This one is different. I am going off topic again because this is a matter that should affect us all, Jew and non Jew alike. I cannot remain silent when I see an injustice done… even though it is unrelated to the issues I usually deal with here.
First the disclaimer. A grand jury consisting of an equal number of black and white jurors – has spoken. Officer Daniel Pantaleo of the NYPD was not charged in the death of Eric Garner, a black man killed because of a chokehold he used to restrain him.
I was not there. I was not privy to all the facts of the case, nor any of the testimony. I have heard reports that the some of the proceedings will be released to the public. I hope this will happen soon. Perhaps we can then get some more clarity then. But still – as it stands now, this grand jury decision is very puzzling.
I said this case was different. What I mean is that it is different from the case in Ferguson, Missouri case where a black man was also killed by a cop. This one had video taken of the event. It is clear that the black suspect was not threatening. He was unarmed. As the police approached him he kept proclaiming his innocence at the charges of selling loose cigarettes. Which I guess is illegal. But the police kept coming after him. They surrounded him and wrestled him down to the ground with Officer Pantaleo using a chokehold on him. Which is a banned (since 1993) restraint technique.
Mr. Garner cried out, ‘I can’t breath.’ ‘I can’t breathe.’ But to no avail. He was taken down and arrested. Soon after – he died. After an autopsy, the medical examiner ruled it a homicide, blaming the cause of death on the chokehold.
It seems to me that restraining an unarmed man for a seemingly minor violation of the law with the the kind of excessive force I saw on that video is completely uncalled for, to say the least.
I’m sure there was no intent by Officer Pantaleo to kill anyone. It was certainly not premeditated murder… or any type of intentional murder. But a man died because of another man’s direct actions. An action that were probably banned by the NYPD because of its lethal potential.
It was a case of manslaughter. Or at least involuntary manslaughter no better than driving a car irresponsibly – hitting and killing someone. To let Officer Pantaleo off the hook so easily is troubling to me.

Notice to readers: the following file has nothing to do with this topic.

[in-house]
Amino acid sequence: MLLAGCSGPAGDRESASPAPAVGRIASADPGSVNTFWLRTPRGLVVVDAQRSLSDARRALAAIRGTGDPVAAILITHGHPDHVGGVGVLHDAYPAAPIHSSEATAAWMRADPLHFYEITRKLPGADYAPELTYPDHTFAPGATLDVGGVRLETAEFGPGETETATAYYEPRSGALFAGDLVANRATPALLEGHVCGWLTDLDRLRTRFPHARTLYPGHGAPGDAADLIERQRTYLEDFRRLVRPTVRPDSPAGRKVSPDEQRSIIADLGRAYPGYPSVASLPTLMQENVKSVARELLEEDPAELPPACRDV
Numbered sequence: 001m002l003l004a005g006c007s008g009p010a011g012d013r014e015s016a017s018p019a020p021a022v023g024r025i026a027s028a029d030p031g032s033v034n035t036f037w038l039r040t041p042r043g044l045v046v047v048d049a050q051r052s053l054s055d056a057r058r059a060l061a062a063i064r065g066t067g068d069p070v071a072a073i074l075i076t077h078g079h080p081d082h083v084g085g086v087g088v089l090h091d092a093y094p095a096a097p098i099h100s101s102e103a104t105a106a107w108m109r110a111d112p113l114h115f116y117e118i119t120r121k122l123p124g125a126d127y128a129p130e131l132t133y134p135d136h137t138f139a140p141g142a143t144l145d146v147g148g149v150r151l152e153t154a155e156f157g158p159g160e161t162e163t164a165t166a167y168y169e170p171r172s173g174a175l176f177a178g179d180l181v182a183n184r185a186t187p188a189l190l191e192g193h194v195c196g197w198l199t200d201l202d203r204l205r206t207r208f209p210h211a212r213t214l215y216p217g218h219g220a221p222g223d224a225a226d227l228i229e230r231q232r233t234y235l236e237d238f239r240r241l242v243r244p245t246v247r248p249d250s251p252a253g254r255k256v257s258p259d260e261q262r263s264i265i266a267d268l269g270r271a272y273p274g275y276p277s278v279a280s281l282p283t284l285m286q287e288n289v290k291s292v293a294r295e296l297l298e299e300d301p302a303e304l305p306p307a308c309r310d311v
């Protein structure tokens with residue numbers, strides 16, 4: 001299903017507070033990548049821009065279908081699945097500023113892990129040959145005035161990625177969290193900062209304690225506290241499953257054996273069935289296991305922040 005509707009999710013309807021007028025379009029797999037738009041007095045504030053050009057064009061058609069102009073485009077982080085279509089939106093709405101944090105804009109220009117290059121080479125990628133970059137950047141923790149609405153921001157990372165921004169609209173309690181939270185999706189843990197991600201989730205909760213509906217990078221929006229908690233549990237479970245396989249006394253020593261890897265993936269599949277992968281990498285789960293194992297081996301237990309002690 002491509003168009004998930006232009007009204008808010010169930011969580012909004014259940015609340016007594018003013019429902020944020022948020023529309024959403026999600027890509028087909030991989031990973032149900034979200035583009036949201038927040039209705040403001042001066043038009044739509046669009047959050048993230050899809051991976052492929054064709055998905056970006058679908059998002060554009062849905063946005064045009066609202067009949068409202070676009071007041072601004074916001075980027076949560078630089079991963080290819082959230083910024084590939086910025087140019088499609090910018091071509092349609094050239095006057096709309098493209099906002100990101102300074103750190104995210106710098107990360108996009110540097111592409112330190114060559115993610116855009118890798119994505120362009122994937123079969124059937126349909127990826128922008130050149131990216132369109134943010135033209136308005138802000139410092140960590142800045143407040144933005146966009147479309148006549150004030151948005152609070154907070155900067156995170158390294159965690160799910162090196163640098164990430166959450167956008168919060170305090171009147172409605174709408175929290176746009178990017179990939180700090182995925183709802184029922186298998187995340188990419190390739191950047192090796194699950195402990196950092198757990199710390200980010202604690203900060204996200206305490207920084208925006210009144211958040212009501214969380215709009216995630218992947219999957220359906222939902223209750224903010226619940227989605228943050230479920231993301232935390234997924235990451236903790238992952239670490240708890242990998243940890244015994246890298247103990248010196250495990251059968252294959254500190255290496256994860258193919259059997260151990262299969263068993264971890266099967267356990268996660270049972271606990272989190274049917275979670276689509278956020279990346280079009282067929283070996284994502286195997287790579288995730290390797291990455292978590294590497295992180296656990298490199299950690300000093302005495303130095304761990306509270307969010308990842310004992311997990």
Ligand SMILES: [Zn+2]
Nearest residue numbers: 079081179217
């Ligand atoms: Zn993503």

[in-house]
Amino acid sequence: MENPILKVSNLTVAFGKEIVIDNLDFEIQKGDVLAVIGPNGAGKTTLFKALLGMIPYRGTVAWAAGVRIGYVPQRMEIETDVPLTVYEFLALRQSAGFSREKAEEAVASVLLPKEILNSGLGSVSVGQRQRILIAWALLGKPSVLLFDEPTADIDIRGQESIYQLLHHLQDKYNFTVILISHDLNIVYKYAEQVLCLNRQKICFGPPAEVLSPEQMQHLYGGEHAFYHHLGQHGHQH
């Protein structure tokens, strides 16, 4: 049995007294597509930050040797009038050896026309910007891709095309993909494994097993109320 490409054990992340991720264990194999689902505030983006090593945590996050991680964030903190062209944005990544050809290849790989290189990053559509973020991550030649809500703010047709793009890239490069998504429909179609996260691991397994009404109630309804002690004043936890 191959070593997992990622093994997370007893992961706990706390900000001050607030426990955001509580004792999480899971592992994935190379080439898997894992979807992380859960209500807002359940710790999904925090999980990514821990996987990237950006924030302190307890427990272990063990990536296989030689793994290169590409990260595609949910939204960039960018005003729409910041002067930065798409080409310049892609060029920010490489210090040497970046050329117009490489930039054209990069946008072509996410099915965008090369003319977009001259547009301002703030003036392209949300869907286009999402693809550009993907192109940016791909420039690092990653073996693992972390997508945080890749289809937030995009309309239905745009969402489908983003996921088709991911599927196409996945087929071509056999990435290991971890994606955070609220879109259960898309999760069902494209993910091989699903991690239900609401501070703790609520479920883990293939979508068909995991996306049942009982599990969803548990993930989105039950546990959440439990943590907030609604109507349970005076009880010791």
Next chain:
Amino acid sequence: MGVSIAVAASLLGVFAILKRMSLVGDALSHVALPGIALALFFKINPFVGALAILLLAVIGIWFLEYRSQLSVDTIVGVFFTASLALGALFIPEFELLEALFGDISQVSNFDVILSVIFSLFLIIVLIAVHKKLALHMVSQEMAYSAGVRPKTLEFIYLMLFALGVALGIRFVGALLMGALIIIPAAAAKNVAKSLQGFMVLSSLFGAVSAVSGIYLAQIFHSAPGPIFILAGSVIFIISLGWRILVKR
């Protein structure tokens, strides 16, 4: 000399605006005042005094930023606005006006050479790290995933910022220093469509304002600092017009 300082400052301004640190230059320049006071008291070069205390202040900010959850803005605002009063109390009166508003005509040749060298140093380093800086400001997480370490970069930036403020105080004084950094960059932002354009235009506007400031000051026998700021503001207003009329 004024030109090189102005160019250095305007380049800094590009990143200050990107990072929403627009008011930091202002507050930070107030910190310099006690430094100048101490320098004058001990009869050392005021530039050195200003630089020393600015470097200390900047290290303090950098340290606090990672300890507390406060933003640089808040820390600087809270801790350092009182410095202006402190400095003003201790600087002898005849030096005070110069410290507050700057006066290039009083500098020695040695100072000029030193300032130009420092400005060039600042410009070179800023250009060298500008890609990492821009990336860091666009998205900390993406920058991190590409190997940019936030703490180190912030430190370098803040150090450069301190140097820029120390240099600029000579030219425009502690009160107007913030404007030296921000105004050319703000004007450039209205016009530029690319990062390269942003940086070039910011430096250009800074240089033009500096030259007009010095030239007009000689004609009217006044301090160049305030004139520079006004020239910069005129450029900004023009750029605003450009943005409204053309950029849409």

To be fair, the suspect had asthma which contributed to his death. There is no way that the police knew that at the time. And then there is also the idea of walking a mile in someone else’s shoes. Police are in constant danger from the criminals they pursue. The man he restrained was a big fellow. They knew nothing else about him. He broke the law… and they thought they were just doing their job. He was under arrest and resisted. It might be understandable that Officer Pantaleo used a banned method of restraint out of fear for his life or serious injury if less effective methods of restraint were used. Clearly that is no excuse. But surely there was no thought of killing him.
But still, it’s pretty clear what happened. It is recorded for all to see. Selling loose cigarettes illegally? Was that crime worthy of the reaction by police I saw on that video?
By contrast, the Ferguson case had no video of the shooting. The victim there was a suspect in a somewhat violent theft that took place earlier in the day, which the cop was informed about… and which was accurate based on a video taken by a surveillance camera in the store he robbed. There was a fight between the two with a struggle over the cop’s gun. The victim was much larger and stronger than the cop. As the victim tried to escape the officer told him to stop. The victim turned around and started making threatening advances toward him. That’s when the cop shot and killed him.
The evidence presented to the Ferguson grand jury was consistent with the cop’s version of what happened. The testimony of opposing witnesses was contradicted by the evidence. Some of them had to change their testimony. The jury went with the cop’s version over the other witnesses because the evidence corroborated it.
I can understand why many black people and even many whites feel that an injustice was done in Ferguson. Racial bias still exists in this country. That episode just raked up all of the latent emotions about it. But in that case, I do not believe race had much of anything to do with the victim’s death.
The New York case is different. I can’t help but think that in this case the outrage expressed by the black community is justified.
I wonder how the black cops of New York… or of anywhere see this. Are their thoughts any different from their fellow white cops? Do they think this was decided fairly by the grand jury? Or do they see it as an example of inherent racism in our culture which can at times be deadly? Did they back their fellow police officer? Or they back the black victim? Are they as surprised as I am about the lack of an indictment as I am?
Like I said at the outset I don’t want to 2nd guess a grand jury determination. They heard all the testimony and saw all the evidence. But in my view, there is enough visual evidence just from that video to at least indict him for involuntary manslaughter… and to allow a trial by jury decide his fate.
Eric Garner was 43 years old, a married man and a father. He leaves behind a wife and 6 children. There had to be a better way to handle this.